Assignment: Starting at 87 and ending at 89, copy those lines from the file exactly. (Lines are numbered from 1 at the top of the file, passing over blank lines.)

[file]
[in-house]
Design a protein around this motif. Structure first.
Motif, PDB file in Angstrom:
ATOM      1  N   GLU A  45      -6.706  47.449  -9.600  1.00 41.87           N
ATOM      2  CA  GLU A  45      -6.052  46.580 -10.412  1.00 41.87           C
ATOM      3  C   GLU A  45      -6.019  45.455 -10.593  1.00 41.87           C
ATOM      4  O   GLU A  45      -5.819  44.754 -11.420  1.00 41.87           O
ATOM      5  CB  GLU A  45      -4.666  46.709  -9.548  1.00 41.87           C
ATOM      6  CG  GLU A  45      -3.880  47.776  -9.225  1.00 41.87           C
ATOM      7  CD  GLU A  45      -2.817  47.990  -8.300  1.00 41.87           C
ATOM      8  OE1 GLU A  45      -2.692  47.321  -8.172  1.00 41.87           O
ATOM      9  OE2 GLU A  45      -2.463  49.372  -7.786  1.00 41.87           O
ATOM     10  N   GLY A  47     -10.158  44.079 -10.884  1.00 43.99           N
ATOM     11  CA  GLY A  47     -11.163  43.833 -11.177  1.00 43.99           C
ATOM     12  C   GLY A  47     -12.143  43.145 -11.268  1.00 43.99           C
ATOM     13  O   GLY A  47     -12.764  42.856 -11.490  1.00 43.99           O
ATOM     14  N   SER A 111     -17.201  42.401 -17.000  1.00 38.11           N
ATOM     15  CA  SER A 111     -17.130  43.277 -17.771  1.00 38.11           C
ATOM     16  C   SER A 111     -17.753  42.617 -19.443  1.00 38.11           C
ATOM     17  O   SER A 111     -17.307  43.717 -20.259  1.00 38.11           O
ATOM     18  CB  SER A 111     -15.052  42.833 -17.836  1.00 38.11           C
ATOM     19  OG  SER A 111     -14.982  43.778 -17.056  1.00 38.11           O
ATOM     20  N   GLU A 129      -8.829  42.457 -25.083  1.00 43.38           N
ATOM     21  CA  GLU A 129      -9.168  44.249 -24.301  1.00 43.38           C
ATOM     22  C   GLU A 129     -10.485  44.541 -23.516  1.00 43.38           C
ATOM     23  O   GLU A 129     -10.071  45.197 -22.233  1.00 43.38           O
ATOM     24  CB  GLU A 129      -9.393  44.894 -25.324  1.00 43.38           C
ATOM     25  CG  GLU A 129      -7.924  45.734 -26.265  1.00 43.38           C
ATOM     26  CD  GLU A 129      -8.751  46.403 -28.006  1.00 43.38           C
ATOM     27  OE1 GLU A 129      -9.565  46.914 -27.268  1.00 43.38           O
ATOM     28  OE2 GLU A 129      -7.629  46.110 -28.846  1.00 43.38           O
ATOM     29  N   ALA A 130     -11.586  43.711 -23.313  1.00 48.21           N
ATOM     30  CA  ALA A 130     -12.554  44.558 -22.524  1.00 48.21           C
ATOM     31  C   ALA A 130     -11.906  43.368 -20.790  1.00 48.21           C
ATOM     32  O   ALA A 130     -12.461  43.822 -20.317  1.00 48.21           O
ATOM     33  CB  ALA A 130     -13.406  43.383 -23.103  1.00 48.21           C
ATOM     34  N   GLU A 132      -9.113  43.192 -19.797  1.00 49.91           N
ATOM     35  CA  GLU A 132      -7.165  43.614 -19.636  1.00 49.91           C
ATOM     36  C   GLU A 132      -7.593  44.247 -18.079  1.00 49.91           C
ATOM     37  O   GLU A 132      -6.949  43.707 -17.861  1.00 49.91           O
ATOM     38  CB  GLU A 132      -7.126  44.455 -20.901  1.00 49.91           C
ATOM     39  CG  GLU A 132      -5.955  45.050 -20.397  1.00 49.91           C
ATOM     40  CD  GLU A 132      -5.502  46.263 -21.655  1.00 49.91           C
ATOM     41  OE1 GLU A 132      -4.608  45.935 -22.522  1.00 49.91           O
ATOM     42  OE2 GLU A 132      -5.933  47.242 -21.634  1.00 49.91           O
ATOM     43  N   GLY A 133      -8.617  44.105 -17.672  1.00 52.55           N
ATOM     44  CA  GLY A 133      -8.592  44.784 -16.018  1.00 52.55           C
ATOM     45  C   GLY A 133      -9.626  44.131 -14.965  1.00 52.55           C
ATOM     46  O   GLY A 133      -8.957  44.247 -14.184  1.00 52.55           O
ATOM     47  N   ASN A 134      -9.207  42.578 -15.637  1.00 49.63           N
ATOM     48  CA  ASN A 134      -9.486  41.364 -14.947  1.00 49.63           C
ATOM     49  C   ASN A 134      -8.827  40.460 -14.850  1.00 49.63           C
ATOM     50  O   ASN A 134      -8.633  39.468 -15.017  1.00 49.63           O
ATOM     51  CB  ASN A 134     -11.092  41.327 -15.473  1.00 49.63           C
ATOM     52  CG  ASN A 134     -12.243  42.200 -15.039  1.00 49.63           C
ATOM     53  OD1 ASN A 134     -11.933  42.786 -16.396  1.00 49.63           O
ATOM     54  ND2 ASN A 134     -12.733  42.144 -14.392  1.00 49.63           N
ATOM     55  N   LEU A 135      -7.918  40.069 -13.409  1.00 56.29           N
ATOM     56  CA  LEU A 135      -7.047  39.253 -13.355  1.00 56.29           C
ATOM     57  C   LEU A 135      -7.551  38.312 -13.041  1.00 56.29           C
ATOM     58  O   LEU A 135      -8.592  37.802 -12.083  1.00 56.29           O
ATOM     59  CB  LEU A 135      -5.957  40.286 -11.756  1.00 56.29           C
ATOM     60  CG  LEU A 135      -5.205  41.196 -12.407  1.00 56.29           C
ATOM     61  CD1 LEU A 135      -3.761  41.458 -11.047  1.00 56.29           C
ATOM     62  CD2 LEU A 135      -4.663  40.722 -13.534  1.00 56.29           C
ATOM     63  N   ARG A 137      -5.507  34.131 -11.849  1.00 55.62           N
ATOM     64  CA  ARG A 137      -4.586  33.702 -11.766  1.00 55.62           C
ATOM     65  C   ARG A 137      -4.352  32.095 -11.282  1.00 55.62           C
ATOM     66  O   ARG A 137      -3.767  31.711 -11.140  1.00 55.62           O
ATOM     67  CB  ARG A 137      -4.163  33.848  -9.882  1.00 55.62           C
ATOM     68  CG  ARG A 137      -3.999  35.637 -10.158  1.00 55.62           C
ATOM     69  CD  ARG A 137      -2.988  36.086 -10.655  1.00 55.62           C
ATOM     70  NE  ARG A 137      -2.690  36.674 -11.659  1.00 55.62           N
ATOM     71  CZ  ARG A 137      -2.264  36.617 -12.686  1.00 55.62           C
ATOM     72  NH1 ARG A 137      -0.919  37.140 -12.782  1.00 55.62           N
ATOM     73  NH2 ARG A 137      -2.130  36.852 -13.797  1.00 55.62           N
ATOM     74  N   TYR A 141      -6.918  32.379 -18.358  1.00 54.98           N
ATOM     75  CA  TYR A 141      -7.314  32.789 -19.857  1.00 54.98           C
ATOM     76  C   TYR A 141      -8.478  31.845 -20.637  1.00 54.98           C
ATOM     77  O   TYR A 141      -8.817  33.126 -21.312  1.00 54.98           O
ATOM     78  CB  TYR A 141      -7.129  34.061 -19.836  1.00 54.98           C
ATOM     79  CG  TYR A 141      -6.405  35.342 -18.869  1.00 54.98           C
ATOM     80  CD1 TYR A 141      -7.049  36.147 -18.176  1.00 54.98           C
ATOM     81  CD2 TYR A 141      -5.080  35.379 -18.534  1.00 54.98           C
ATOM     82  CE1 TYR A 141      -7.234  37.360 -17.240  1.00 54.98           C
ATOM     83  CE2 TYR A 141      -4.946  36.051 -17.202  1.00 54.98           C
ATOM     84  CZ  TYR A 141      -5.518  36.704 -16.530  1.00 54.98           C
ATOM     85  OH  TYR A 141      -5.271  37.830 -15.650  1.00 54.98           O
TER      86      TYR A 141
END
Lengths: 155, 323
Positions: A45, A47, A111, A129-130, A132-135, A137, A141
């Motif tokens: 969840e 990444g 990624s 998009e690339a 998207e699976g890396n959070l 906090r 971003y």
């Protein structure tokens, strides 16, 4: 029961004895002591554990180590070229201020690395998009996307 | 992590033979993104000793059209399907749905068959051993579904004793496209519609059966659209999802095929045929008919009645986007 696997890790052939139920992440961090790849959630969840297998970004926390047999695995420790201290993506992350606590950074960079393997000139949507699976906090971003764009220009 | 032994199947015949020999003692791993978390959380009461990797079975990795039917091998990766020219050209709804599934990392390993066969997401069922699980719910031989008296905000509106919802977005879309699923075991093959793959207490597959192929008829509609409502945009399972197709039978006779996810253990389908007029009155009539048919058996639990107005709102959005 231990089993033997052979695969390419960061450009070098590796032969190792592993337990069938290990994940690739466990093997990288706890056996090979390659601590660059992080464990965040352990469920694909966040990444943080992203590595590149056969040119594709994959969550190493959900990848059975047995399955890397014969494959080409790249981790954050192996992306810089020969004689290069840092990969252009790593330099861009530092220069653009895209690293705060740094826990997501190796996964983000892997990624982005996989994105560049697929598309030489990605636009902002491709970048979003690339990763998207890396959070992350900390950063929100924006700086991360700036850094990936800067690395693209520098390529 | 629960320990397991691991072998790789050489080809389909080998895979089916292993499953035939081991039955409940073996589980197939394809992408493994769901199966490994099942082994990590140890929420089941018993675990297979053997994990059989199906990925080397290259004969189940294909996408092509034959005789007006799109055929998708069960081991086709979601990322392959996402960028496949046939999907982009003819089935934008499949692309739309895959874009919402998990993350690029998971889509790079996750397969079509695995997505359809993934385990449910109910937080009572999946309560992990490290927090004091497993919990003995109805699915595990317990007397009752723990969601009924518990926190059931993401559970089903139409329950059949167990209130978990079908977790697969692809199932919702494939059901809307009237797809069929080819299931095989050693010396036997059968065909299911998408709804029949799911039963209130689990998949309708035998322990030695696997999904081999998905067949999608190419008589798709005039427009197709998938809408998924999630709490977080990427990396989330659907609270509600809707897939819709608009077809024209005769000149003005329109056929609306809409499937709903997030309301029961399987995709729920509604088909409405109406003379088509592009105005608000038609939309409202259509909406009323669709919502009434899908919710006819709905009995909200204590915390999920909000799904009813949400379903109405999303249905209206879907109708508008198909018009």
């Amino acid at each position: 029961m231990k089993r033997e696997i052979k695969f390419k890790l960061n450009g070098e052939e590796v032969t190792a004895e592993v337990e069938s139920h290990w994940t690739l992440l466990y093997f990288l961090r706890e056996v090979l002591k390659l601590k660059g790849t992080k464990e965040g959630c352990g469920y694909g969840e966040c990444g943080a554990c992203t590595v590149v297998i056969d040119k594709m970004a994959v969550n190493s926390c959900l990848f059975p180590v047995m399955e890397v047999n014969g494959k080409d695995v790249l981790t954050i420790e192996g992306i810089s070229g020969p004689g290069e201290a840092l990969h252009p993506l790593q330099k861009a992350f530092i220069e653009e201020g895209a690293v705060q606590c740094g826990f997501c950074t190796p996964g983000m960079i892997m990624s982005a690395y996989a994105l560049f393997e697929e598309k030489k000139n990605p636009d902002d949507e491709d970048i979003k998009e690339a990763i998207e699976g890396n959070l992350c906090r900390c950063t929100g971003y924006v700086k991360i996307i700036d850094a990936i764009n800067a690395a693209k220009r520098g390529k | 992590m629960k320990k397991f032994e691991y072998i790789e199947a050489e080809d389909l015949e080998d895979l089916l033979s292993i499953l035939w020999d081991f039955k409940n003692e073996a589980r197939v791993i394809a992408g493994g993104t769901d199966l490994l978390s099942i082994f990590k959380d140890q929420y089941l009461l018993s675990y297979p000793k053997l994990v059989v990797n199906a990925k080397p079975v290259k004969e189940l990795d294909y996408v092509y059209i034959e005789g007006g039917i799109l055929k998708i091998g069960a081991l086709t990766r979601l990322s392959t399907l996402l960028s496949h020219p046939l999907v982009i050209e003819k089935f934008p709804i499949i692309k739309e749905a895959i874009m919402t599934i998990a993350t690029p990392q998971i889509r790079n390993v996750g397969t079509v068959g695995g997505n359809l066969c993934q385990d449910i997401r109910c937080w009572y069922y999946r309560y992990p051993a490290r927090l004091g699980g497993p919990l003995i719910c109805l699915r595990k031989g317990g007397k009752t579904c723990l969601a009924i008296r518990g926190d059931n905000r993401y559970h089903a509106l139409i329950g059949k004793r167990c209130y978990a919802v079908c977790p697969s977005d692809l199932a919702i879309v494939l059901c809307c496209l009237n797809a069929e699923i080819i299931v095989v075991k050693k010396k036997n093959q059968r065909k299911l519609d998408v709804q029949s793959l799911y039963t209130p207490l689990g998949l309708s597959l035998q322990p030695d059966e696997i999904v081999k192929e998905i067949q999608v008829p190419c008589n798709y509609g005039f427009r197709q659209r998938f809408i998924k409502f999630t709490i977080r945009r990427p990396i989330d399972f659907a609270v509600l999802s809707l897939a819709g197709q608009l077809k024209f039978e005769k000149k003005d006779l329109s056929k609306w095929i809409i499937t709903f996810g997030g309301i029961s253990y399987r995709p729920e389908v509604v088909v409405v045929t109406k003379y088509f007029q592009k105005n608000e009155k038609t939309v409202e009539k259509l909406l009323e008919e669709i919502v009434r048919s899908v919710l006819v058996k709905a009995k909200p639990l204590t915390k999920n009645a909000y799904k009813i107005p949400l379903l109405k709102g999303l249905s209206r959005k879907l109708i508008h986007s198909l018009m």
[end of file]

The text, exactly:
ATOM     84  CZ  TYR A 141      -5.518  36.704 -16.530  1.00 54.98           C
ATOM     85  OH  TYR A 141      -5.271  37.830 -15.650  1.00 54.98           O
TER      86      TYR A 141